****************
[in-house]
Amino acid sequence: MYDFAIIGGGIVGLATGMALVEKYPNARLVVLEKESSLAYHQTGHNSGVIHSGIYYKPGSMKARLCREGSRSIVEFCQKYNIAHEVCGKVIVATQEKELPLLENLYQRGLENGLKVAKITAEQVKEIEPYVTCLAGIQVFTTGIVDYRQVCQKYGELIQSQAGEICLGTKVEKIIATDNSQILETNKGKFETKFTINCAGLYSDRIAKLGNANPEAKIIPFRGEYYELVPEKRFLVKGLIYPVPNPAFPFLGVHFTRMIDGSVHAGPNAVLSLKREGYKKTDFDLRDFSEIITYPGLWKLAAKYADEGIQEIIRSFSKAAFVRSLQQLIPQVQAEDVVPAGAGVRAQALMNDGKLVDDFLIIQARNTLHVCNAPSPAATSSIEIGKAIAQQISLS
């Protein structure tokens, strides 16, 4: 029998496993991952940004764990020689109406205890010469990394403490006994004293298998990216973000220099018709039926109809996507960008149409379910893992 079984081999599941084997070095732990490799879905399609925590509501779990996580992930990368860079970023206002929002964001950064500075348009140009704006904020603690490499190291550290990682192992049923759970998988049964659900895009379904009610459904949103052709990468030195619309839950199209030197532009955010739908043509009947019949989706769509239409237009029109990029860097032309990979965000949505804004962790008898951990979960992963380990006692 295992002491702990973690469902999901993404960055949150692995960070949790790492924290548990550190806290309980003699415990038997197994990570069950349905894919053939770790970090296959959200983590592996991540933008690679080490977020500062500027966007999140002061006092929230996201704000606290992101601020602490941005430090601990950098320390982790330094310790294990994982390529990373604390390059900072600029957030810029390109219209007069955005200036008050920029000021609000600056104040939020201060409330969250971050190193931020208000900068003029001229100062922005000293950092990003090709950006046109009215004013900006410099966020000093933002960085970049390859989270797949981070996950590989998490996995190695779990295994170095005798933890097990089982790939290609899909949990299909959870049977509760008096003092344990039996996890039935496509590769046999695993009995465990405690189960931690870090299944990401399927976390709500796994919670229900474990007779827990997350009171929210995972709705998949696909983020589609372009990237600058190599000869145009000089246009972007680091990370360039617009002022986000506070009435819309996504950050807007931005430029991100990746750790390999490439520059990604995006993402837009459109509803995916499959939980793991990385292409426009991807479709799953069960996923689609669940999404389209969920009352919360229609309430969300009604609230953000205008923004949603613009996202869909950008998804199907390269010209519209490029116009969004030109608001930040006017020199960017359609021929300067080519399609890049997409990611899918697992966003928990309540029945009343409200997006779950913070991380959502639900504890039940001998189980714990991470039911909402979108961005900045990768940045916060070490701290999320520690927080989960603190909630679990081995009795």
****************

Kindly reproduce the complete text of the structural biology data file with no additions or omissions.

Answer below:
[in-house]
Amino acid sequence: MYDFAIIGGGIVGLATGMALVEKYPNARLVVLEKESSLAYHQTGHNSGVIHSGIYYKPGSMKARLCREGSRSIVEFCQKYNIAHEVCGKVIVATQEKELPLLENLYQRGLENGLKVAKITAEQVKEIEPYVTCLAGIQVFTTGIVDYRQVCQKYGELIQSQAGEICLGTKVEKIIATDNSQILETNKGKFETKFTINCAGLYSDRIAKLGNANPEAKIIPFRGEYYELVPEKRFLVKGLIYPVPNPAFPFLGVHFTRMIDGSVHAGPNAVLSLKREGYKKTDFDLRDFSEIITYPGLWKLAAKYADEGIQEIIRSFSKAAFVRSLQQLIPQVQAEDVVPAGAGVRAQALMNDGKLVDDFLIIQARNTLHVCNAPSPAATSSIEIGKAIAQQISLS
């Protein structure tokens, strides 16, 4: 029998496993991952940004764990020689109406205890010469990394403490006994004293298998990216973000220099018709039926109809996507960008149409379910893992 079984081999599941084997070095732990490799879905399609925590509501779990996580992930990368860079970023206002929002964001950064500075348009140009704006904020603690490499190291550290990682192992049923759970998988049964659900895009379904009610459904949103052709990468030195619309839950199209030197532009955010739908043509009947019949989706769509239409237009029109990029860097032309990979965000949505804004962790008898951990979960992963380990006692 295992002491702990973690469902999901993404960055949150692995960070949790790492924290548990550190806290309980003699415990038997197994990570069950349905894919053939770790970090296959959200983590592996991540933008690679080490977020500062500027966007999140002061006092929230996201704000606290992101601020602490941005430090601990950098320390982790330094310790294990994982390529990373604390390059900072600029957030810029390109219209007069955005200036008050920029000021609000600056104040939020201060409330969250971050190193931020208000900068003029001229100062922005000293950092990003090709950006046109009215004013900006410099966020000093933002960085970049390859989270797949981070996950590989998490996995190695779990295994170095005798933890097990089982790939290609899909949990299909959870049977509760008096003092344990039996996890039935496509590769046999695993009995465990405690189960931690870090299944990401399927976390709500796994919670229900474990007779827990997350009171929210995972709705998949696909983020589609372009990237600058190599000869145009000089246009972007680091990370360039617009002022986000506070009435819309996504950050807007931005430029991100990746750790390999490439520059990604995006993402837009459109509803995916499959939980793991990385292409426009991807479709799953069960996923689609669940999404389209969920009352919360229609309430969300009604609230953000205008923004949603613009996202869909950008998804199907390269010209519209490029116009969004030109608001930040006017020199960017359609021929300067080519399609890049997409990611899918697992966003928990309540029945009343409200997006779950913070991380959502639900504890039940001998189980714990991470039911909402979108961005900045990768940045916060070490701290999320520690927080989960603190909630679990081995009795």